It’s clear Paulino has the polish to pitch at the highest level already, but the immediate opportunity remains to be seen. He couldn’t have endeared himself to the Astros organization after missing so much time last year, and the team already has one of the deepest pitching staffs in baseball. Paulino also had surgery to remove a bone spur from his elbow late last season. That said, he’s pretty much off the fantasy radar now, sitting at 556 in NFBC ADP. There aren’t many better fliers at that price range, given Paulino’s track record.

 

 

Tanner Scott, P, Orioles

 

Baltimore hasn’t produced much of note from their farm system in recent seasons, but Scott has a chance to be a blue chipper. The lefty had an effective year at Double-A Bowie last season, with a 2.22 ERA and 11.3 K/9 in 24 starts last season. Though, it should be noted that he threw only 69 innings in those 24 starts, meaning that Scott averaged less than three innings per outing. That was not only due to the team’s conservative usage but also Scott’s terribly high pitch counts, as he had a terrible 6.0 BB/9. The control struggles continued in the Arizona Fall League, with 11 walks in only 9.1 innings.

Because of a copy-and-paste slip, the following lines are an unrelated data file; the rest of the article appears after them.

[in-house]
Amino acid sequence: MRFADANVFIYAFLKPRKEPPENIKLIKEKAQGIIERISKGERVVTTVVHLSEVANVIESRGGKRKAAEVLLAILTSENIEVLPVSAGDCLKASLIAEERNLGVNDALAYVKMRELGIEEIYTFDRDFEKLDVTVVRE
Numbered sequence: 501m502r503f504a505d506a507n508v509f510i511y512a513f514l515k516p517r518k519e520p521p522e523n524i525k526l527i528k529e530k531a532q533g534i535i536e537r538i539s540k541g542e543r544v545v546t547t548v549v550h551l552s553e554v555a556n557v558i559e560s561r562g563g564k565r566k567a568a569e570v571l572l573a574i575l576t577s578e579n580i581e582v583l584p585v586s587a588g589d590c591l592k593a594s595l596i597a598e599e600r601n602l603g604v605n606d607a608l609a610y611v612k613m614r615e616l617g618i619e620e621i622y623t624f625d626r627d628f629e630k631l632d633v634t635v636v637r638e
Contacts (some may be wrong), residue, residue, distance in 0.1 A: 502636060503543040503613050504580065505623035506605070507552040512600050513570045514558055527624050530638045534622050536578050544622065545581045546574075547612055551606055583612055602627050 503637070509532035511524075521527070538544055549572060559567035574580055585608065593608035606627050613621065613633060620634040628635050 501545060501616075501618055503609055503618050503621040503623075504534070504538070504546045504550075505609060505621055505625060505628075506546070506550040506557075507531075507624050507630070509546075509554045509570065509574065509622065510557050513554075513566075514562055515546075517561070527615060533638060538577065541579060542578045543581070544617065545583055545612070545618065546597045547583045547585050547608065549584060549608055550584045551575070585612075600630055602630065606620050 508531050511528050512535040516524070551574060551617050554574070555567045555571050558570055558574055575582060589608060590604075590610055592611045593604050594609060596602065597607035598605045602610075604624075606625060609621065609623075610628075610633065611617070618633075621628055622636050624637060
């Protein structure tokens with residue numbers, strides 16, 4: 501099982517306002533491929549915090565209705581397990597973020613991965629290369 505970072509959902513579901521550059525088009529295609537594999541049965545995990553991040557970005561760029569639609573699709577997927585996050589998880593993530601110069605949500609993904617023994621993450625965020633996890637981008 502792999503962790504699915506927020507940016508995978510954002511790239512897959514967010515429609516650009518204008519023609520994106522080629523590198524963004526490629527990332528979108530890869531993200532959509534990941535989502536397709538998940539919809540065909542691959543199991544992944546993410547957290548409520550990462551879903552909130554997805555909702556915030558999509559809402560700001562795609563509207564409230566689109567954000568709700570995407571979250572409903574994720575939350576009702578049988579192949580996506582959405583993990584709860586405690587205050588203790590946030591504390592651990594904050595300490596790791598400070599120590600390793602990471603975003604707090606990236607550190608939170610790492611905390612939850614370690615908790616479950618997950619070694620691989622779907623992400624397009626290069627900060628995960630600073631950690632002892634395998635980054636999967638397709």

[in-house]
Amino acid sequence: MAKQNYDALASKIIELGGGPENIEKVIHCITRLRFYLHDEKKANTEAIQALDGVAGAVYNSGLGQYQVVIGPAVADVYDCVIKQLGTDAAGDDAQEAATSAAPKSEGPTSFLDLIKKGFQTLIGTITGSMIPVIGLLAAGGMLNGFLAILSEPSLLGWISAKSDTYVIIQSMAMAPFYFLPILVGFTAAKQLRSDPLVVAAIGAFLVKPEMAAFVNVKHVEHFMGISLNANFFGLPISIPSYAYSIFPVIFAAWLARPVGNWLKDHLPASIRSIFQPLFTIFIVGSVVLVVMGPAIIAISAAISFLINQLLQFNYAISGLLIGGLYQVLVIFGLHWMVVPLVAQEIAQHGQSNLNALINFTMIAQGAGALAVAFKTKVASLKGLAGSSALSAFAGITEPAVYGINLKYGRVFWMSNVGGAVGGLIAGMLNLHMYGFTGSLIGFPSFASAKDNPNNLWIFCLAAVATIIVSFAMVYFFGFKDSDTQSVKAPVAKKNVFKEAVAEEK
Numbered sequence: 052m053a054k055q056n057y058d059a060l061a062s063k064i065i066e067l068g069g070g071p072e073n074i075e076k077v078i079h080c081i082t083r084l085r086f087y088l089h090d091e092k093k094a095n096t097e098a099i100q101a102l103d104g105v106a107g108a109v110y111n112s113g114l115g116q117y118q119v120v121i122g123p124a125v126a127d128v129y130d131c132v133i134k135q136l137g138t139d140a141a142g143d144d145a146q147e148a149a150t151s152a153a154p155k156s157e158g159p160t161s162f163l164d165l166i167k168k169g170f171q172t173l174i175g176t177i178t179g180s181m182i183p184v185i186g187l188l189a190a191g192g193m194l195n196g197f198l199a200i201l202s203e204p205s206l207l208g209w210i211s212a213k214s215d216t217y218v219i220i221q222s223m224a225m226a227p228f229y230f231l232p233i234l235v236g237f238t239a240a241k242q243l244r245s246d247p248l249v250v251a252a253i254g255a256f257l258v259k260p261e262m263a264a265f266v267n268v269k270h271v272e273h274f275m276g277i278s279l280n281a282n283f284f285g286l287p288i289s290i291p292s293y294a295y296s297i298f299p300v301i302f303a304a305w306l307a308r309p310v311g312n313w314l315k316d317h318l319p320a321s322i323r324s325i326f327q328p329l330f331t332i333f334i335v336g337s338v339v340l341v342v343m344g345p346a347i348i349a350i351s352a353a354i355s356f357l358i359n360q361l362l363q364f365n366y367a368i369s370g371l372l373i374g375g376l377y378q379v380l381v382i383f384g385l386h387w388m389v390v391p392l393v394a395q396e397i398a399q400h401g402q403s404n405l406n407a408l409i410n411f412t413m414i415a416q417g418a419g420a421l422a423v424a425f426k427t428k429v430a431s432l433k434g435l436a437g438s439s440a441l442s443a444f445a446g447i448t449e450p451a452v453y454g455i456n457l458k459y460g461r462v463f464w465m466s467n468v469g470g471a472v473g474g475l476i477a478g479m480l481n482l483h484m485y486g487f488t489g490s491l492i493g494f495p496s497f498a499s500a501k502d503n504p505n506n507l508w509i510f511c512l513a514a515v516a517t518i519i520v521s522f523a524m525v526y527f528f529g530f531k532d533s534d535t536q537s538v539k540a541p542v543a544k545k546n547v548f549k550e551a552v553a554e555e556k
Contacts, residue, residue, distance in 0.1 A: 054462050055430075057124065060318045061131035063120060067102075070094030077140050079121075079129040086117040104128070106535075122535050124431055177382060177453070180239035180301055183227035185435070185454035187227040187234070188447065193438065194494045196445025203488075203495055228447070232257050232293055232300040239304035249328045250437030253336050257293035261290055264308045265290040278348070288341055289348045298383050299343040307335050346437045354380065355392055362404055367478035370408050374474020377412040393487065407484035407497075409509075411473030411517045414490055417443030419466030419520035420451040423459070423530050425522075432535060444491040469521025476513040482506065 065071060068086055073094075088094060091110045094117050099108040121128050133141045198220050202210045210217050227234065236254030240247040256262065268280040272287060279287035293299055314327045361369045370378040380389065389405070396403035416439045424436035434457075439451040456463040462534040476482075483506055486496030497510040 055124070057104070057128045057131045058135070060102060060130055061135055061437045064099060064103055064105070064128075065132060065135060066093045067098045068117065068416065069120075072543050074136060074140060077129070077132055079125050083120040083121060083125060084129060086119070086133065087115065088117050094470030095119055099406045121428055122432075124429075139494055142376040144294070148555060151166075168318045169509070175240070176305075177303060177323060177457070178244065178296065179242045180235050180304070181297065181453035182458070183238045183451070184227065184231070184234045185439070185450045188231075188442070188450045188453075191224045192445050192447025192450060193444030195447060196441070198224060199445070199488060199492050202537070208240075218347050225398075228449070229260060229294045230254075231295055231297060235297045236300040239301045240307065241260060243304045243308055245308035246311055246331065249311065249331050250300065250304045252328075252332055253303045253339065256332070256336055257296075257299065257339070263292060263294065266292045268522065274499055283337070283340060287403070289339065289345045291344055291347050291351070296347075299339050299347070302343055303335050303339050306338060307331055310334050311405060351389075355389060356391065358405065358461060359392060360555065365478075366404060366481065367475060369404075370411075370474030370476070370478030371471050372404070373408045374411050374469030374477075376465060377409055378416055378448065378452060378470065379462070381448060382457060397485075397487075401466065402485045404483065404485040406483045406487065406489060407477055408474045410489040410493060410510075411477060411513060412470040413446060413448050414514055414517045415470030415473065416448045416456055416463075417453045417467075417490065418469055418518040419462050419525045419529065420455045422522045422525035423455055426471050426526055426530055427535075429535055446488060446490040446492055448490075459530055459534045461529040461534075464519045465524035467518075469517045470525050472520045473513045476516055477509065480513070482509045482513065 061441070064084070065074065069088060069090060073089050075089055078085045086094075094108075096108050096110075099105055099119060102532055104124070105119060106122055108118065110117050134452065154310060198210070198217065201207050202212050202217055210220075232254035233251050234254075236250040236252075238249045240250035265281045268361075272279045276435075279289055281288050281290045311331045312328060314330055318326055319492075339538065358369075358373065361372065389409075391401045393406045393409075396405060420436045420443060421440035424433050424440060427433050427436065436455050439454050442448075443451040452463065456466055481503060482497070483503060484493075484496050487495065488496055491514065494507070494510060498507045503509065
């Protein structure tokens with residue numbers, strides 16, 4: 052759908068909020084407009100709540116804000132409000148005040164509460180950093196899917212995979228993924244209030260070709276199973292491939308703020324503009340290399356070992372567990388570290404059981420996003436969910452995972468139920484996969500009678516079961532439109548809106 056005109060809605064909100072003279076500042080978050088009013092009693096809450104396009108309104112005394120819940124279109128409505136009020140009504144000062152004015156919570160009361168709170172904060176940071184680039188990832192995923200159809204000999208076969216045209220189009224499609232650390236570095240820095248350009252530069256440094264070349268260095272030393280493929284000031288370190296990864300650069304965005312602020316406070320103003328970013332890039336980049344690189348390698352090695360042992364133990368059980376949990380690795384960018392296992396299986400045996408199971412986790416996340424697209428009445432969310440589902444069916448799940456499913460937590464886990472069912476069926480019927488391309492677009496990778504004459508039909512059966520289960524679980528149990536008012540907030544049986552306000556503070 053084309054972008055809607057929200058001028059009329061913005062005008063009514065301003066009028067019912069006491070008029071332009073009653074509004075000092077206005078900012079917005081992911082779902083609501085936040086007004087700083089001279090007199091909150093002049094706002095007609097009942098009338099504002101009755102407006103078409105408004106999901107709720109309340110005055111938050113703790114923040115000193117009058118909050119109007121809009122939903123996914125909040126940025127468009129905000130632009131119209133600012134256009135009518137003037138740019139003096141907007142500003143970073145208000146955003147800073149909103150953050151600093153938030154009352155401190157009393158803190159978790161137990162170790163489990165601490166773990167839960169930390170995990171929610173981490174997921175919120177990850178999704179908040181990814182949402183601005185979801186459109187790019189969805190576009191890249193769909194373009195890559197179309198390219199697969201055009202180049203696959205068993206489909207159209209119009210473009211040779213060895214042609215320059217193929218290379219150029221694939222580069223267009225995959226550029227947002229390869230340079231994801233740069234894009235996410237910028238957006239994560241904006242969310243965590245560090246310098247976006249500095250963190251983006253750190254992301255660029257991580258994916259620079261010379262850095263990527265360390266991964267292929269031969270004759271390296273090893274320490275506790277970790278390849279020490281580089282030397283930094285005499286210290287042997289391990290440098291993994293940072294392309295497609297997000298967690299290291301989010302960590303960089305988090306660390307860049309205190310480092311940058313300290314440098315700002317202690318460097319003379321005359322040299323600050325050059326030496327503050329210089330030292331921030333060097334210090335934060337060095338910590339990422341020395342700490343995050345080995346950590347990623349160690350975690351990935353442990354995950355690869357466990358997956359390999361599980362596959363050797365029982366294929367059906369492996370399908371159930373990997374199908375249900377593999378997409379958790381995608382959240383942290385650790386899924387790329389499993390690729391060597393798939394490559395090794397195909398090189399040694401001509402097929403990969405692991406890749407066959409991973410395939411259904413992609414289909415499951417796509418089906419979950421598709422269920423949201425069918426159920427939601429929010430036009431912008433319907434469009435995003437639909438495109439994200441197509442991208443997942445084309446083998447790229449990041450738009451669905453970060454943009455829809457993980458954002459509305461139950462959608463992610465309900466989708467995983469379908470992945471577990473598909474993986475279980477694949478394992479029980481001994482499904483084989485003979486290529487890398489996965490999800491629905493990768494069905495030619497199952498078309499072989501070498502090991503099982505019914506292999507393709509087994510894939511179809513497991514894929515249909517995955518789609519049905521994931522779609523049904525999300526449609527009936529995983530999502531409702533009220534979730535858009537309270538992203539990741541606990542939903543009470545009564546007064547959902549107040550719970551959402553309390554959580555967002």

For all the control issues, there’s major reason for fantasy owners to track Scott. Simply put, he might have the best stuff we’ve seen out of a lefty short of Aroldis Chapman. Scott reaches the triple digits on his fastball, and he has a career 11.4 K/9. With Zach Britton set to miss the first half of 2018 with a torn Achilles, the O’s will at least have another bullpen spot available and possibly even something more high leverage. Of course, a chance at starting can’t be ruled out, either, but Scott’s inability to avoid free passes consistently makes that prospect optimistic in the short term. At worst, Scott is worth tracking if he gets a look during spring training, and is also a keeper stash.



You can find Seth Trachtman on Twitter @sethroto.